Originally published by our elephriends over at Recovering Yogi on January 11, 2012.
Oiled in my yoga spandex.
By Jesse Aizenstat
This article originally appeared on Huffington Post on 1/8/12.
May the pagan gods bless the New York Times — because when I read “How Yoga Can Wreck Your Body” last week, I enjoyed one of those fine belly laughs that only comes once in a great while.
The article, by William J. Broad, was laced with first-hand accounts and all the classic scenes that one might expect in a yoga studio. But the thing that irked me was not the main point of the piece: fit teachers whipping their students into injury. It was the failure to get into the pseudo-religious attitude found in modern yoga, which is about as unique as the Starbucks latte you’re currently holding.
That’s right. Yoga. And the pill of ignorance that is offered in many American studios is as dogmatic as it is silly. It’s cafeteria-style theology, where people can choose what feels good among a field of mediocre options, and consume it all for $15 bucks a session.
But what bothered me wasn’t the fact that amateur yogis were dropping straight into Full Lotus and getting hurt. That’s just stupidity — and should be cited in some college paper as proof of Darwin’s theory about the fittest.
What got me going was the built-in church session. The relentless banter, which is contradictory to the “quieting the mind” element of yoga I actually enjoy. It’s the glorification of some naked Indian guru on the wall — elevating him to Jesus — while pretending to hold the moral high ground over American Christianity. And then there’s the famous yogi line: “Well, we’re not religious… we’re spiritual.”
Ahh… yes. Spiritual. The real demon at work here.
It’s the queer in the closet that refuses to buy into the brand that it is just another system of belief. It’s the shifty yogi creed, stitched together all across America, that has too many holy deities to list. Which is why it’s so hard to understand. Every yoga teacher who mixes stretching and spirituality is different.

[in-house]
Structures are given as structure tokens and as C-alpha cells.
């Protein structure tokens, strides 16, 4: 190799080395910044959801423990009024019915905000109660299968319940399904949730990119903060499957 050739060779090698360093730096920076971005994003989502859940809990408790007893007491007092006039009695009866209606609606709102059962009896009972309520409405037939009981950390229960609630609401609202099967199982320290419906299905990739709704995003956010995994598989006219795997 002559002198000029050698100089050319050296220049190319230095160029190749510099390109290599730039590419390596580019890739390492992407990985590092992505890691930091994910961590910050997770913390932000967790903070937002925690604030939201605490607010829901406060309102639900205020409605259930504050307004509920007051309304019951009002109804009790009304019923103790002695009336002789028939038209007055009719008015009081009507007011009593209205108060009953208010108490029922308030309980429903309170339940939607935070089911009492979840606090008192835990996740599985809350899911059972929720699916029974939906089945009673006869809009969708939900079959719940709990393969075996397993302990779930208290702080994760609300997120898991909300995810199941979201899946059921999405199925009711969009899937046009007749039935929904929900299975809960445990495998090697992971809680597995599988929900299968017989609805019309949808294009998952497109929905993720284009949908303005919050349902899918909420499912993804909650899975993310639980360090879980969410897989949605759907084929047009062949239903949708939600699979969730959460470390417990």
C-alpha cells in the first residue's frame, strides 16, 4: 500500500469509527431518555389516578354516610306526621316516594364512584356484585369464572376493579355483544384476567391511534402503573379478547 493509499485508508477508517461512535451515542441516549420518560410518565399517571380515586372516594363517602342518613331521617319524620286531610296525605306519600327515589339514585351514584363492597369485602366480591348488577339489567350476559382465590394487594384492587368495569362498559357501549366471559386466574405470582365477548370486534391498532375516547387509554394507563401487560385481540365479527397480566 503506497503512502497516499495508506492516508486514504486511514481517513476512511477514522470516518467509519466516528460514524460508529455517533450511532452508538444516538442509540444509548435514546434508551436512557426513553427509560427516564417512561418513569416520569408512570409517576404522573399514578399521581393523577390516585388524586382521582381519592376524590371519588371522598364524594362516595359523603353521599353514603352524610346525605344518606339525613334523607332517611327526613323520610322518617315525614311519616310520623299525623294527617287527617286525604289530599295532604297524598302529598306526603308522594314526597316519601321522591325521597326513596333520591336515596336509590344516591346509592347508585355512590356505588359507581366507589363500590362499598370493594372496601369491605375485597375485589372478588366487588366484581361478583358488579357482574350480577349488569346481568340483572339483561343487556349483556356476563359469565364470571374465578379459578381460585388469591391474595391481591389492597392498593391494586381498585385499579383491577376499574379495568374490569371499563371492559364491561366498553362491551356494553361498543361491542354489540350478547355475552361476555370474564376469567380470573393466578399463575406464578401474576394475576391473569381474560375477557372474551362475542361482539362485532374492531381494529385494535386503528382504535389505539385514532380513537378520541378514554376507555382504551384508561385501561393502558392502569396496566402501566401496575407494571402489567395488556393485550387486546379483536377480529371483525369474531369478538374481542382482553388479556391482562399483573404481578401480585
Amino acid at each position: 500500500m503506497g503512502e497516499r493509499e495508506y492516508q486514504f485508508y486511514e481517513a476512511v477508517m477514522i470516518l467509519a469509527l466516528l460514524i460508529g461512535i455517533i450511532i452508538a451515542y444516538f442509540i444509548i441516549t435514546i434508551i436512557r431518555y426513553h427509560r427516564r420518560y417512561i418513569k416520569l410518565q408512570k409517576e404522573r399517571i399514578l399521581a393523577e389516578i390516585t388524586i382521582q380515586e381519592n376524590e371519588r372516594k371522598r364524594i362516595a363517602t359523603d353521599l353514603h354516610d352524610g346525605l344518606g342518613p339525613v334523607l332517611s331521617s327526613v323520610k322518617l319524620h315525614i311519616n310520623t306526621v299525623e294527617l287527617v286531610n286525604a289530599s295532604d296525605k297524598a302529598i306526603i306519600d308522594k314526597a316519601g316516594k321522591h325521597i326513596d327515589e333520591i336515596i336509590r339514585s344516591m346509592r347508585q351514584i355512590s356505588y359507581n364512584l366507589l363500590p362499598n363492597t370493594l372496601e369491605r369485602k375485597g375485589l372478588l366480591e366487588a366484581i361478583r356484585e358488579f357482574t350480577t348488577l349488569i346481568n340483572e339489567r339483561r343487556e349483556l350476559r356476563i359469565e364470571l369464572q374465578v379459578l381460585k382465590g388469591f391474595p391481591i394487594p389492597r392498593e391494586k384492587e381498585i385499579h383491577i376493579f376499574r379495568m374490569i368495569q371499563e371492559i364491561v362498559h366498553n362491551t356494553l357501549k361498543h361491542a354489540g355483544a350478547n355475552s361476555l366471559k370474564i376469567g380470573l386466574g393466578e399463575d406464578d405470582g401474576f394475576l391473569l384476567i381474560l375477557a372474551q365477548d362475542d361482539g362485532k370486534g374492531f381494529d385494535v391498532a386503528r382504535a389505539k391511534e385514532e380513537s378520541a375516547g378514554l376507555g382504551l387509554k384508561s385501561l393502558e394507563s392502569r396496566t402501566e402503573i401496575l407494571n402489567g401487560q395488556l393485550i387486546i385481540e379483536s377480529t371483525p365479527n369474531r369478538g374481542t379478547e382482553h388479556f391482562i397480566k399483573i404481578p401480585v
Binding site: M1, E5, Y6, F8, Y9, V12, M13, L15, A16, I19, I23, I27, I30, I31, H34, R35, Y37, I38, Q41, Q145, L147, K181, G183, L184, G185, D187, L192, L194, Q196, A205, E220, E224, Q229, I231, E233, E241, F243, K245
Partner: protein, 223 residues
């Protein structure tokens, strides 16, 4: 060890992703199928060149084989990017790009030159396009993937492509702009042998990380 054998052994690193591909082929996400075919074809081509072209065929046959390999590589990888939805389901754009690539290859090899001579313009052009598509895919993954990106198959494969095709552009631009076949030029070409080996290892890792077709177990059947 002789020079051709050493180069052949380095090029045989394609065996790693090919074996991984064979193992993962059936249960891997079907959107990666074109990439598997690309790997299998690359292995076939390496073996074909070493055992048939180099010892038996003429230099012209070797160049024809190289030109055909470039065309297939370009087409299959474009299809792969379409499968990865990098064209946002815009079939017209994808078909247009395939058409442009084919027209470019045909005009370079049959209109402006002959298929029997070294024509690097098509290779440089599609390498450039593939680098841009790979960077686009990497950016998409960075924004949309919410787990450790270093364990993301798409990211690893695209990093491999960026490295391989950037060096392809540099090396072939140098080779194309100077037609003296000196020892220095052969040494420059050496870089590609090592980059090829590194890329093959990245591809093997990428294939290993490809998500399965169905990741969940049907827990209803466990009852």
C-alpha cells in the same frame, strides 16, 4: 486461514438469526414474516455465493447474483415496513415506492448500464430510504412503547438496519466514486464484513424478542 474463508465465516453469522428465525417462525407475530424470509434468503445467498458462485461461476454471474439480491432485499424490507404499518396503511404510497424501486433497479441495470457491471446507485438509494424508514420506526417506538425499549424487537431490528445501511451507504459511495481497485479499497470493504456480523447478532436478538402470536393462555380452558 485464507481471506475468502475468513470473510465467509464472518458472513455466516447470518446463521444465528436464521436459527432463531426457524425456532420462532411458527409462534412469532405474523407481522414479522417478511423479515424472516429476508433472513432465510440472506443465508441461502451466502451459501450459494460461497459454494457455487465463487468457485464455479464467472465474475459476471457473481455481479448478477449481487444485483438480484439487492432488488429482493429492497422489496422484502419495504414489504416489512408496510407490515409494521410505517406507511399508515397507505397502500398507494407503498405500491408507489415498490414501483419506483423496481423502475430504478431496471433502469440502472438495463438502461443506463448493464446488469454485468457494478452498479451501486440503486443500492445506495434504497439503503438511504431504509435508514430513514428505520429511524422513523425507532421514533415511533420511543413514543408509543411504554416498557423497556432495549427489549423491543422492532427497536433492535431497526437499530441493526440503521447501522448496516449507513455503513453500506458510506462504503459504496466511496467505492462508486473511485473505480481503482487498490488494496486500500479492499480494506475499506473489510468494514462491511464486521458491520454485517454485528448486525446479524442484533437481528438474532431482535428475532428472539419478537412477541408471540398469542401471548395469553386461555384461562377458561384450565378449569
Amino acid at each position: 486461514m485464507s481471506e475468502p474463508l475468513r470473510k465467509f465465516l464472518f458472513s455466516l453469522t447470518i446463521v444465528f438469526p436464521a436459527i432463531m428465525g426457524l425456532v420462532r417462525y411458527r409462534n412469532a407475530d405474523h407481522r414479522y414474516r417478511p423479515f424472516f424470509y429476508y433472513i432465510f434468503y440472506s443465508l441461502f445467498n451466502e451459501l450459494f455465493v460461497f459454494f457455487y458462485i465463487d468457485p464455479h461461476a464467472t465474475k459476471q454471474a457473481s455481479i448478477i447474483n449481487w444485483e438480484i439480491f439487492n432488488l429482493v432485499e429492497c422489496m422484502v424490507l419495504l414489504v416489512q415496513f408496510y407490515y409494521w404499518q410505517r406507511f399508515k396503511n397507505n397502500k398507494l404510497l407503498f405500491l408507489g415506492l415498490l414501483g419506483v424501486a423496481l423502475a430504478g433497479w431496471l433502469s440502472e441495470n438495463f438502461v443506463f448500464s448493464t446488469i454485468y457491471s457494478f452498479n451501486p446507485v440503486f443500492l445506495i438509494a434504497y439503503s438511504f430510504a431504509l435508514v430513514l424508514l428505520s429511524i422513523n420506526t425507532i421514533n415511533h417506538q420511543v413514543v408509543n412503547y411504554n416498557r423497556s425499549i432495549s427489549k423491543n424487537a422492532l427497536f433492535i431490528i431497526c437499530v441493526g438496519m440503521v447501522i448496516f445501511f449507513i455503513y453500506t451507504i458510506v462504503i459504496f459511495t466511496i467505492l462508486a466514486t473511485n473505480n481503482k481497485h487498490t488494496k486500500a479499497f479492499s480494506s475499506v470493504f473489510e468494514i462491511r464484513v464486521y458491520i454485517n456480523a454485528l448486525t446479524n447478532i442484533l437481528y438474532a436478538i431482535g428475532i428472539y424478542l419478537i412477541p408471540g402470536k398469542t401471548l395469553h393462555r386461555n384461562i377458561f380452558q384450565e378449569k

Some drink the Native American “Mother Earth” stuff, while others smoke the other kind of Indian —mostly Hindu based — and then there are those who just hit the spike with “sacred geometry” or “holy cosmology” or whatever the hell can get them high.
Spirituality. It’s a way for people to pretend they’re “not religious,” while hiding from a dogma that may have sodomized them as a child.
But really, what’s wrong with that? What’s wrong with a newer and friendlier religious term? Is being spiritual such a bad thing?
No. It’s not. But it’s an excuse to urinate on the very tenets of the Western Enlightenment: rational thought and the ability in humans to think things through.
Of course there are questions out there that make our big brains hurt. It’s a scary universe. And it’s frightening to think the cosmos may have never known we were here… and may never know when we’re gone…
So what the hell? Why waste my time on spiritual yoga teachers as they whisper some kind of aloof gibberish in my ear? Simple. I came for the back stretches. Not reworking my deeper meaning, and doubling down on my quest to enter the fourth chakra.
Jesus. Do you really think I got all oiled up in my yoga spandex for that?
About Jesse Aizenstat
Major in political science. Graduate with honors. Fail to find a job. Go surfing in the Middle East. Rogue journalist and self-admitted California wave junky Jesse Aizenstat couldn’t find a real job after college. But his two passions, Middle East politics and surfing, seemed like a good fit for a freelance gig. What the hell? Why not surf from Israel to Lebanon? Upon his return to California, Aizenstat partnered up with an Emmy-winning Hollywood studio to create an enhanced media iPad app, and has maintained his “indy credentials” by developing a wholly new self-publishing model in entertainment. “Surfing the Middle East: Deviant Journalism from the Lost Generation,” will be available on Amazon.com early next year. Aizenstat is also an avid blogger at bloggingthecasbah.com. Find him on Twitter.
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